46.3.1 How Do You Assess the Airway of This Patient?
Robin sequence poses the classic small chin conundrum: difficult BMV and difficult direct laryngoscopy (DL).4,5 The lack of a well-developed mentum creates significant problems with mask fit (no seal below the lower lip), making BMV difficult or impossible. The glossoptosis places the tongue posteriorly and superiorly into apposition with the roof of the mouth. If Mallampati scores could be performed on these infants, they would score a IV! With loss of consciousness, airway obstruction often becomes complete, and its correction by an oropharyngeal airway is difficult unless a perfect fit is achieved. These patients are usually at their best in the prone position, because gravity helps keep the tongue off the roof of the mouth. They may develop varying degrees of obstruction when placed supine.
On the positive side, extraglottic devices, such as the laryngeal mask airway (LMA), have been reported to be effective in providing ventilation and oxygenation.6,7,8 An appropriately sized oropharyngeal airway (OPA), nasopharyngeal airway (NPA), or laryngeal mask airway (LMA), can often be placed easily and will usually maintain the airway. The LMA may well prove to be the airway of choice for some surgical procedures in Robin sequence, particularly minor procedures not involving or near the airway.
Glossoptosis and mandibular hypoplasia combine to make direct laryngoscopy very difficult. The glottic opening is angled away from the oral axis more than the usual 90 degrees, and the virtual absence of a submental space means that the laryngoscope blade cannot displace the tongue into this area. Fortunately, the cleft palate in Robin sequence is not accompanied by a cleft lip, and therefore does not interfere with laryngoscopy. In extreme cases, the mandibular hypoplasia is so severe that the tongue completely obstructs direct visualization of the larynx, despite optimal direct laryngoscopic technique, delivering a true Cormack/Lehane (C/L) Grade 4 view of the larynx.
Until recently, many alternate intubation devices were not available in pediatric sizes. However, there is now growing experience with newer alternate pediatric intubation techniques. The author and his colleagues have successfully intubated infants with Robin sequence using the infant Airtraq optical laryngoscope™, Trachlight™, STORZ video laryngoscope™, GlideScope®, and Bonfils intubation fiberscope™. Others have reported successful use of the Bullard™ laryngoscope, Shikani optical stylet™,9 and flexible bronchoscopic intubation, with or without the use of an LMA guide.10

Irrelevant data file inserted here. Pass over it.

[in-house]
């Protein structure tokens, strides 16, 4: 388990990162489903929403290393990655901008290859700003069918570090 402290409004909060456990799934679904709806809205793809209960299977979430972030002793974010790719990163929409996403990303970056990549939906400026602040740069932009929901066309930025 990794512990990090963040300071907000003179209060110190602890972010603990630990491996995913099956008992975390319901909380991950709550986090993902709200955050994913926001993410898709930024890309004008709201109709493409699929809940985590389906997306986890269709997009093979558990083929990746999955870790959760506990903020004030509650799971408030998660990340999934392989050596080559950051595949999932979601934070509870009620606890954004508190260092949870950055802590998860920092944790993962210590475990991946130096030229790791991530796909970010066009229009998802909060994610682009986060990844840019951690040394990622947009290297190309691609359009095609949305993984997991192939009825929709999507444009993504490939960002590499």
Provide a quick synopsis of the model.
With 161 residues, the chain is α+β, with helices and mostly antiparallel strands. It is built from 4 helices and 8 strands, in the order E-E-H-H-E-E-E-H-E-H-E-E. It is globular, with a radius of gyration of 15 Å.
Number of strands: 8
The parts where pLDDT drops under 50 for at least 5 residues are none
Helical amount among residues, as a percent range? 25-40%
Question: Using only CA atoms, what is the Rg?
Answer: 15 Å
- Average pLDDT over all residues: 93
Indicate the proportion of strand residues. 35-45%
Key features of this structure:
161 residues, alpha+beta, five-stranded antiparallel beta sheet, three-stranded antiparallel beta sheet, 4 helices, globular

Subglottic anatomy is normal but these patients are usually too young to have an identifiable crycothyroid membrane: this precludes surgical or percutaneous cricothyrotomy. However, open or percutaneous tracheotomy is possible and increased familiarity, and experience, with percutaneous tracheal access may bring this approach within the skill set of most pediatric anesthesia practitioners. Tracheal catheter jet ventilation using the Enk™ adaptor is still considered a feasible emergency pediatric option, although experience is extremely limited. Surgical backup and even full double setup is advisable for severe cases.
How do we recognize such a severe case? Risk factors include hyomental distance less than 1 cm (ie, severe mandibular hypoplasia), inability to maintain airway when awake and supine (severe glossoptosis), oxygen dependence, history of significant pulmonary disease, and prior episodes of failed airway in competent hands.
46.3.2 Do You Have Any Medical Concerns for This Patient?
Isolated Robin sequence is not associated with major cardiac or other malformations. However, these patients usually require anesthetics during their first year of life—a time when their anatomic challenges are complicated by the normal physiologic limitations of infancy, such as reduced effectiveness of denitrogenation increasing the risk and speed of onset of desaturation. In addition, some of these infants have problems with recurrent aspiration and pulmonary hypertension further reducing cardiopulmonary reserve. In Robin sequence infants airway obstruction is followed almost immediately by desaturation and bradycardia. Planning steps A, B, and C is vital as there is precious little time to think once the airway is lost.